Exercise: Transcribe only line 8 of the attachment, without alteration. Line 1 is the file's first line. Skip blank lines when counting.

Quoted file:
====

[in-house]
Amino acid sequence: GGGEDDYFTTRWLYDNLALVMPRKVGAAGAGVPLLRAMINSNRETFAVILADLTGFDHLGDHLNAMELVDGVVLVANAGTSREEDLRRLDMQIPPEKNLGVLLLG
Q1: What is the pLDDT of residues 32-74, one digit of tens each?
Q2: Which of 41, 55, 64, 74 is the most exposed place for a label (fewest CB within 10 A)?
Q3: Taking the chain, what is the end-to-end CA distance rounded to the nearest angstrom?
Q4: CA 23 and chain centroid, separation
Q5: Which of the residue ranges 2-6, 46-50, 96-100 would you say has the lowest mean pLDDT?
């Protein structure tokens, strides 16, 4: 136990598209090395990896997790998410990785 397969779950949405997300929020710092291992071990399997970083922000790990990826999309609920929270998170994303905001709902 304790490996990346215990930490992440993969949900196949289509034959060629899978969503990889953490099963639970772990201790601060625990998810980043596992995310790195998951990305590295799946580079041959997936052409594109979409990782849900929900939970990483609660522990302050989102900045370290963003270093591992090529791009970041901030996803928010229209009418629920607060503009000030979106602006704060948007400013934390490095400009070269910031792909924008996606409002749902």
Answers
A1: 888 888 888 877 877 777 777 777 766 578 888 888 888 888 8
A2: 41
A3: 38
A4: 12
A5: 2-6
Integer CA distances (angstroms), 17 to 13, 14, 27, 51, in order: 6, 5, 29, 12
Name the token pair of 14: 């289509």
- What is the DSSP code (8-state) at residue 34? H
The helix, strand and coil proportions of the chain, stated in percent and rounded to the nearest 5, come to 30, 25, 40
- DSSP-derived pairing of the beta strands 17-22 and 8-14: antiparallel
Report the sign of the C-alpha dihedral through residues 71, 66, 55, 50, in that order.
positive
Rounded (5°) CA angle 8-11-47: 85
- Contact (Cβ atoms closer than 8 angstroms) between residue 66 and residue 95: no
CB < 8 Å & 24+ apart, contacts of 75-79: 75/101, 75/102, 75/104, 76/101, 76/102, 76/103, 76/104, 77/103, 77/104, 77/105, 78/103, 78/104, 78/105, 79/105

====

């Protein structure tokens, strides 16, 4: 136990598209090395990896997790998410990785 397969779950949405997300929020710092291992071990399997970083922000790990990826999309609920929270998170994303905001709902 304790490996990346215990930490992440993969949900196949289509034959060629899978969503990889953490099963639970772990201790601060625990998810980043596992995310790195998951990305590295799946580079041959997936052409594109979409990782849900929900939970990483609660522990302050989102900045370290963003270093591992090529791009970041901030996803928010229209009418629920607060503009000030979106602006704060948007400013934390490095400009070269910031792909924008996606409002749902």